photo credit: stock image from Pixabay by © Maialisa

The same is true for Fibromyalgia, and for any chronic illness, short of the research dollars. When I went on my first Fibromyalgia medication, the side effects not only made me feel suicidal but they also drastically reduced my brain function. To the point that my wife said I sounded like a dyslexic drunk. I had family and friends that felt that because the medication did not work I was not truly a sick or as in much pain as I claimed. Medication fixes everything right?

Fortunately my wife stood by me, however other family members and friends told me because the first medication did not work, it was a clear sign that drugs are not the answer, I just needed more exercise and to get a better mental attitude, to build my Faith. .. But I digress.

Going back to the cancer example, when you have a doctor that gives you the best medicine and it doesn’t shrink a tumor immediately or doesn’t get rid of the cancer it’s a pretty clear sign that you were faking it just for attention, right? Now we know that cancer is an often fatal disease, it is serious! So would you turn around and tell a cancer patient who’s in remission, obviously they’ve gotten well, and if they get cancer again it’s really their own fault? Would you turn around and tell that cancer patient if they had a medication that was not working, then obviously they weren’t sick and they shouldn’t try a different treatment?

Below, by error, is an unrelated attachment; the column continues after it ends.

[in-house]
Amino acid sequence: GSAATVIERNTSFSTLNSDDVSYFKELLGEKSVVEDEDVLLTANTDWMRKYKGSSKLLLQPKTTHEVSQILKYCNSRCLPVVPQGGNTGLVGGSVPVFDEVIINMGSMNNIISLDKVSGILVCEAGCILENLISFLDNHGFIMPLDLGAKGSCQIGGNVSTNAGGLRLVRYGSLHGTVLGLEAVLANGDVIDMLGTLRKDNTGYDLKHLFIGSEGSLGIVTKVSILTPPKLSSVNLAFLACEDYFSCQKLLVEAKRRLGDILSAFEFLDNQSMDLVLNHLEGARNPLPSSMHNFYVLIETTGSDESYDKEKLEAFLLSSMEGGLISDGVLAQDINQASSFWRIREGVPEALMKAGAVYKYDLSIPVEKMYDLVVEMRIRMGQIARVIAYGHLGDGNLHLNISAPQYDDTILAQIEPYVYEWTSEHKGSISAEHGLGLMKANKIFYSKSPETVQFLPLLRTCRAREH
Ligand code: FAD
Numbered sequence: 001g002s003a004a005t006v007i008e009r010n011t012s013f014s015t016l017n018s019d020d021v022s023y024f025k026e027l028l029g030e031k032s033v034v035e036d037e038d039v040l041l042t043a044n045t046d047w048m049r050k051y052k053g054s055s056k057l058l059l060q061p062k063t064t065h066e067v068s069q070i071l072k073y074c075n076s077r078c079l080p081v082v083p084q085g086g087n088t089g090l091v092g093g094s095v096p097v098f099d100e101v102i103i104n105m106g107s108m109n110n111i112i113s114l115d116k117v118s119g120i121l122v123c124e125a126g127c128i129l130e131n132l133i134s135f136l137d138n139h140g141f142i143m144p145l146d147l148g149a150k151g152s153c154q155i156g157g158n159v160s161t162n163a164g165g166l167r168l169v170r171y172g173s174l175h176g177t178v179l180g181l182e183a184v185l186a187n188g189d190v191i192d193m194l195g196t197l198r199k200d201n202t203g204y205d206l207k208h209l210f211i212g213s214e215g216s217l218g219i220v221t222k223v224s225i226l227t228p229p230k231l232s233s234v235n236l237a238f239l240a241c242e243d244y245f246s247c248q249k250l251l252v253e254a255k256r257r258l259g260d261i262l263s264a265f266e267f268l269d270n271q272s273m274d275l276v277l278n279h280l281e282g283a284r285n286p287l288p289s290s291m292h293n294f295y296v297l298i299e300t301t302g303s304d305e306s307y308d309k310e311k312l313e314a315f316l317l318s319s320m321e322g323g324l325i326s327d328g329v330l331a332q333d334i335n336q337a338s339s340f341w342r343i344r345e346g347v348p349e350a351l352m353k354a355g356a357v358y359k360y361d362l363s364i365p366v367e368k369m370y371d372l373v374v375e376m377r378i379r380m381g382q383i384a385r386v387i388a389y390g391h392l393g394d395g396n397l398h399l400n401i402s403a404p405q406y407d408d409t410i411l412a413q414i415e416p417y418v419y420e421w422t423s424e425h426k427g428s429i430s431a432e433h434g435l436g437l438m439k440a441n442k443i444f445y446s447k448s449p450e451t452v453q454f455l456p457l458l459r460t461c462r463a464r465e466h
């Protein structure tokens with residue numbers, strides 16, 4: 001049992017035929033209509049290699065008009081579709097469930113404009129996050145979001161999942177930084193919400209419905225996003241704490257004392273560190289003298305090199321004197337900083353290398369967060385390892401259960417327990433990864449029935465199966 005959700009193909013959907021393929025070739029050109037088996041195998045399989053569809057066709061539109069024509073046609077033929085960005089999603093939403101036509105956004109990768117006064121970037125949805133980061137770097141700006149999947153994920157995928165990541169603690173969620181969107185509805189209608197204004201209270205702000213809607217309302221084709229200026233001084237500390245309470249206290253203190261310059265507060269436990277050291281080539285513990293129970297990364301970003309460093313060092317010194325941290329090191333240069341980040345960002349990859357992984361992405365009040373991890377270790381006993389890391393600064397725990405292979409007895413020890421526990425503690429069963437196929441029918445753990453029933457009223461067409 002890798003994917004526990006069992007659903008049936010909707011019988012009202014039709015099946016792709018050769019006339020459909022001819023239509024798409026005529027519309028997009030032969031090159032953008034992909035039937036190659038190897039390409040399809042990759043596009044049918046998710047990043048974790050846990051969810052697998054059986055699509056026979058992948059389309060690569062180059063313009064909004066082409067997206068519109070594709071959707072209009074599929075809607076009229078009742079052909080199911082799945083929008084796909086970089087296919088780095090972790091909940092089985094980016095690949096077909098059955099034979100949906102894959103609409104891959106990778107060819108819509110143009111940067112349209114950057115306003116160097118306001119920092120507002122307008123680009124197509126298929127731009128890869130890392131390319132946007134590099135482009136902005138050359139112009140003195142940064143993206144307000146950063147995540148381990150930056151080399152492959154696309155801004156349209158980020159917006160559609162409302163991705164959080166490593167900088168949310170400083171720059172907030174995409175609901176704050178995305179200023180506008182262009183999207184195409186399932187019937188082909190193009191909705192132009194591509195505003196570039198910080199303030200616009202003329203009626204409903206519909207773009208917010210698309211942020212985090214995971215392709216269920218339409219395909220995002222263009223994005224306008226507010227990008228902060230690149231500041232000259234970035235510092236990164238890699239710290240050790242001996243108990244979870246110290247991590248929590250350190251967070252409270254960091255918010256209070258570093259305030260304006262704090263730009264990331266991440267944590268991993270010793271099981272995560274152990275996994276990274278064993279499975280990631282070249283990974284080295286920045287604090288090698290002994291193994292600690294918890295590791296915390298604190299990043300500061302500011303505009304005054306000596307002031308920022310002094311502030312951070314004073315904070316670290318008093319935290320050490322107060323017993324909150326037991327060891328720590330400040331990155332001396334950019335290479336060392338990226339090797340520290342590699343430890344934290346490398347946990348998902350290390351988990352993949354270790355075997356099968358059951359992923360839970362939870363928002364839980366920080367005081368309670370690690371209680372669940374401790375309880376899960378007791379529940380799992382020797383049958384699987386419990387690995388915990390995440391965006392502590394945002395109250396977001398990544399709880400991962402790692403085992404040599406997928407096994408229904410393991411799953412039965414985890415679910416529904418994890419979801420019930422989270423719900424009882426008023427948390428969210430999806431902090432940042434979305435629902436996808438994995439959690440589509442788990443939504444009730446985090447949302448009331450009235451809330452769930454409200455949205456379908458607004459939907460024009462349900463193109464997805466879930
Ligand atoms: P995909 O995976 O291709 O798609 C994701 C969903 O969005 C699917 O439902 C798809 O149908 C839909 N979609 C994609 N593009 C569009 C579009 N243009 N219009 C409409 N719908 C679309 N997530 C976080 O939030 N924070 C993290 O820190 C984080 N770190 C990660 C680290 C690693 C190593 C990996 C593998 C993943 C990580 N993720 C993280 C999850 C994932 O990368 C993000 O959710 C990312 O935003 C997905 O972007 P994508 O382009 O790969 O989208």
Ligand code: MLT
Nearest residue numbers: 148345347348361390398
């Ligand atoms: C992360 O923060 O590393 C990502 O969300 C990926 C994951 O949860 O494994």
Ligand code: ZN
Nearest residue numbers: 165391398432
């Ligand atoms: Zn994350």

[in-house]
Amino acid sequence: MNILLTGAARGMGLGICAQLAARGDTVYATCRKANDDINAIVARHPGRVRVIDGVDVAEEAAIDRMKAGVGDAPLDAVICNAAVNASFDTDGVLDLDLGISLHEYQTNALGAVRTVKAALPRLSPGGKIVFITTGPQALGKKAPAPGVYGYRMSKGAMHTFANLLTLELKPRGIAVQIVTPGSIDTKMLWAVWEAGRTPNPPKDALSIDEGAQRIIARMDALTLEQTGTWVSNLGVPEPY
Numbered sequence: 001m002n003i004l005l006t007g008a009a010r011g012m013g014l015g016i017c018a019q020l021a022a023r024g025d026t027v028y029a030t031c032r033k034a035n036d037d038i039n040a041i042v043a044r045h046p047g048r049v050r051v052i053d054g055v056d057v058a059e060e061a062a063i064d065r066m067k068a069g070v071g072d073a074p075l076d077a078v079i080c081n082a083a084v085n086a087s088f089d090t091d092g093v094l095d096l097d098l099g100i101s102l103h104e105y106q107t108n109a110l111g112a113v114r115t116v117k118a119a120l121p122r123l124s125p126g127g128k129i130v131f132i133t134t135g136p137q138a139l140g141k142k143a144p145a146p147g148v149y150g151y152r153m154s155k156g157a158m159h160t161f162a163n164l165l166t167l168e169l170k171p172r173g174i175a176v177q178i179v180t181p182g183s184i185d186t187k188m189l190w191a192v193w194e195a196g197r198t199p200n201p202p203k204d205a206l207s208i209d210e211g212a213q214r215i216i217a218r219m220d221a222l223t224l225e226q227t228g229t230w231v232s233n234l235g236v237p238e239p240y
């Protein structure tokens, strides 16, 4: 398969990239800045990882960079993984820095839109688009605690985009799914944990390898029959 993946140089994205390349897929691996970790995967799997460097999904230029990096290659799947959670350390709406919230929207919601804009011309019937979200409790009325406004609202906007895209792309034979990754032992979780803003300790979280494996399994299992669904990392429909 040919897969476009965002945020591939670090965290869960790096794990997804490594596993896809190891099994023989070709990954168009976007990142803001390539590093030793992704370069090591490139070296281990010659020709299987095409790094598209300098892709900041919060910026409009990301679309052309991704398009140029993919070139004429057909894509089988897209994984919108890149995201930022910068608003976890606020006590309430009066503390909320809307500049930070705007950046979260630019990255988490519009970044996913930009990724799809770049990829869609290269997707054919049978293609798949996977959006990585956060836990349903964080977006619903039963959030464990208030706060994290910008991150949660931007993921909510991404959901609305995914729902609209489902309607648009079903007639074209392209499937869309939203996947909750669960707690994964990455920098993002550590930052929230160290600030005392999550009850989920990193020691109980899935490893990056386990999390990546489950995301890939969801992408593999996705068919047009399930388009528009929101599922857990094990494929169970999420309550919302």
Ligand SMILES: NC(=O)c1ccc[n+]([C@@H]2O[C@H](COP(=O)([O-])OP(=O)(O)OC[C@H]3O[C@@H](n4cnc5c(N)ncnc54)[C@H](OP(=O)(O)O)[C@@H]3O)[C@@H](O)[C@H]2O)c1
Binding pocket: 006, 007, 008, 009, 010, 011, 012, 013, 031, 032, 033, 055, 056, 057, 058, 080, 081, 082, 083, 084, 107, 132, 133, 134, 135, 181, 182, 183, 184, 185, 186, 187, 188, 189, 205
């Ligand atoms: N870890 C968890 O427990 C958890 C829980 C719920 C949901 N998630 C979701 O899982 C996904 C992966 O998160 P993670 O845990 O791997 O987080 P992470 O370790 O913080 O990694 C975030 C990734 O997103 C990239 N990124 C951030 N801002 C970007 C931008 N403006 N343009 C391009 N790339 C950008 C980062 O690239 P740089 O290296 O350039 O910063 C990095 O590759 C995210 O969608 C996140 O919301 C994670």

Of course not!

Men are expected to be the strong ones, not to need to go to the doctor, to be the rock the pillar of the relationships, be it at work, family, or friendships. No matter if you are male or female, there are people that don’t understand Fibromyalgia and may feel it’s not a “real” disease.

But that is the way many of us feel we are treated with a chronic invisible illness such as Fibromyalgia. “You need to eat healthier! You need to exercise more! What did you do to make yourself sick?” These are what men and women with Fibromyalgia hear all too often from well-meaning and or vicious friends and family members. People who fix their own problems and issues without medications, or people who don’t understand, that just because you cannot see an illness, does not mean that you are not sick.